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ISSUE:  Autumn 1991
in memory of John Longley


The piper resuscitates his windbag,
elbows it into a drone so intense
it hurts, at such close range.

And fingers a piercing dirge,
his black foot marking stately time.


The long road home, John:

down your driveway to the Seminole Trail,
south over the bloated Hardware and Otter and Tye,
through Motley, Providence, Hurt,
past realtors who “Sell the Earth, and All Thereon.”

And the tires’ radial drone.


Kudzu pours over the landscape
like a bad metaphor.

I race through the landscape
reckless as another undergraduate abstraction
haunting your office.

And the day does its best
to encourage the pathetic fallacy:

fresh-washed sky twinkling like your eyes,
clouds immaculately white as your moustache
and laurel-crown of hair,
the whole afternoon amazingly gracious.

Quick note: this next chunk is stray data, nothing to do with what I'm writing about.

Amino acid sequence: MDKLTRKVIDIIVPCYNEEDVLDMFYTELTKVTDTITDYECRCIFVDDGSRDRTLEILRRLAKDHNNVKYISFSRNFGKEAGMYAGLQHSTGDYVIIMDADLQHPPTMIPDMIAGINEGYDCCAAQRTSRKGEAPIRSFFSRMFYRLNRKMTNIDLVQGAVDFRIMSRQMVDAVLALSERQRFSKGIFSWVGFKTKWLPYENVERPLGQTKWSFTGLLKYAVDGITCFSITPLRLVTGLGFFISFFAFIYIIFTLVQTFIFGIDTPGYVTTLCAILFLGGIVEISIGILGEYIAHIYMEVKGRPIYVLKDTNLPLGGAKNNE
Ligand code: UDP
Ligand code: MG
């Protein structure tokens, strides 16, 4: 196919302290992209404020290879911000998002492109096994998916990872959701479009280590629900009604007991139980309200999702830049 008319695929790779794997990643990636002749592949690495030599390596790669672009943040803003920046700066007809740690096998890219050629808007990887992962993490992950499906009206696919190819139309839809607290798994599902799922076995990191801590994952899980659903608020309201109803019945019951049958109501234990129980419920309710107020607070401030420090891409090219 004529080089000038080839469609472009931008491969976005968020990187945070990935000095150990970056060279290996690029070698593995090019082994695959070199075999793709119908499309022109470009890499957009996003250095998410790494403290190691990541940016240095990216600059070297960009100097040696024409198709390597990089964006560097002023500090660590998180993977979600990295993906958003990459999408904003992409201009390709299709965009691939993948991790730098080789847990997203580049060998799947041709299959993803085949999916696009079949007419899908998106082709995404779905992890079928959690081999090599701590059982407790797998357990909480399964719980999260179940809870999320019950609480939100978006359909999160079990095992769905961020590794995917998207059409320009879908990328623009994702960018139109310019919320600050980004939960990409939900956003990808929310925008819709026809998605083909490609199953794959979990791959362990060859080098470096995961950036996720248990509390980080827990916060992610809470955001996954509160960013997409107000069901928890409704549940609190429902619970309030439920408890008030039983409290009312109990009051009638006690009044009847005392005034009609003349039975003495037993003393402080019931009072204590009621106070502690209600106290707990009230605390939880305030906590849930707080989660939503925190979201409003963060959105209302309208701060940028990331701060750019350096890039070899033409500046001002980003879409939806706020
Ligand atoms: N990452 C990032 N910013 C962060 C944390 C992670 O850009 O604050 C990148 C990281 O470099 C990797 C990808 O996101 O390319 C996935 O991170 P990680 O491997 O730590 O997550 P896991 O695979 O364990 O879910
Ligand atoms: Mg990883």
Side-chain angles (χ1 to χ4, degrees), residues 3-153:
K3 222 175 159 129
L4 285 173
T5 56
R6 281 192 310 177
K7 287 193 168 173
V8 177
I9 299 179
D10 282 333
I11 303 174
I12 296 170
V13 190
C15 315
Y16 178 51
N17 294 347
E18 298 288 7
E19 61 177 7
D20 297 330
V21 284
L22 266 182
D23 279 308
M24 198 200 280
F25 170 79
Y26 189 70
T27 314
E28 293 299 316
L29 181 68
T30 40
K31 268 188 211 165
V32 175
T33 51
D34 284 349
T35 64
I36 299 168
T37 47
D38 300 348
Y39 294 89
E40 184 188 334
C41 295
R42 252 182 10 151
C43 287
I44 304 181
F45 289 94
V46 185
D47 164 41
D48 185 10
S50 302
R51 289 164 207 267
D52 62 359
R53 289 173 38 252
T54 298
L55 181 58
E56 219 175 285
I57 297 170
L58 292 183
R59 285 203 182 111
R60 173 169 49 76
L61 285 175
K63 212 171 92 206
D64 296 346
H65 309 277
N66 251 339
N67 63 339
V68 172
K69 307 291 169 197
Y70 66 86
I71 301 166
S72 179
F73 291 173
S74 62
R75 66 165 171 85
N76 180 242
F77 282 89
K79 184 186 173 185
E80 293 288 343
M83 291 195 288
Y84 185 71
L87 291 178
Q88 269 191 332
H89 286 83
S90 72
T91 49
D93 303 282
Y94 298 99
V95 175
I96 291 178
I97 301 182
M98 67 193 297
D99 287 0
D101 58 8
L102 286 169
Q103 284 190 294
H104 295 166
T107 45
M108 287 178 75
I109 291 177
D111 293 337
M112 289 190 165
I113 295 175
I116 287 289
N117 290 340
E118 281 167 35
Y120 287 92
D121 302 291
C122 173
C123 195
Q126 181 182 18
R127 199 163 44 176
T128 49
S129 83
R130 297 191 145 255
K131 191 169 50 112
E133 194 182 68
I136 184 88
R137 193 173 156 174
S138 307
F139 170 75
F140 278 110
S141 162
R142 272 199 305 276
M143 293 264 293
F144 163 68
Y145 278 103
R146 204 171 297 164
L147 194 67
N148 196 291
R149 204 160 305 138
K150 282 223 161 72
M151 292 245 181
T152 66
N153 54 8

If I stop between towns
and turn off the car and walk into a field
and close my eyes and wait,

if I lie awake in bed in utter darkness
and listen hard,

if I sit at my writing desk
and stare at the grave page long enough,

I can hear it:
the double-reed tone of mind and body,
the ringing in the ears that means

yes Lord, I’m alive.


Near Shangri-La,
that lilliputian paradise
built by a local eccentric in his side yard,
a buzzard rides his patient circuit,
wobbling over the day’s data.

And a scarlet Virginia creeper
skirts up a border pine,
first sign of fall.

And the sun, that ancient mourner,
lights the road like bourbon in the belly,
warming to its familiar story
even as it sets.


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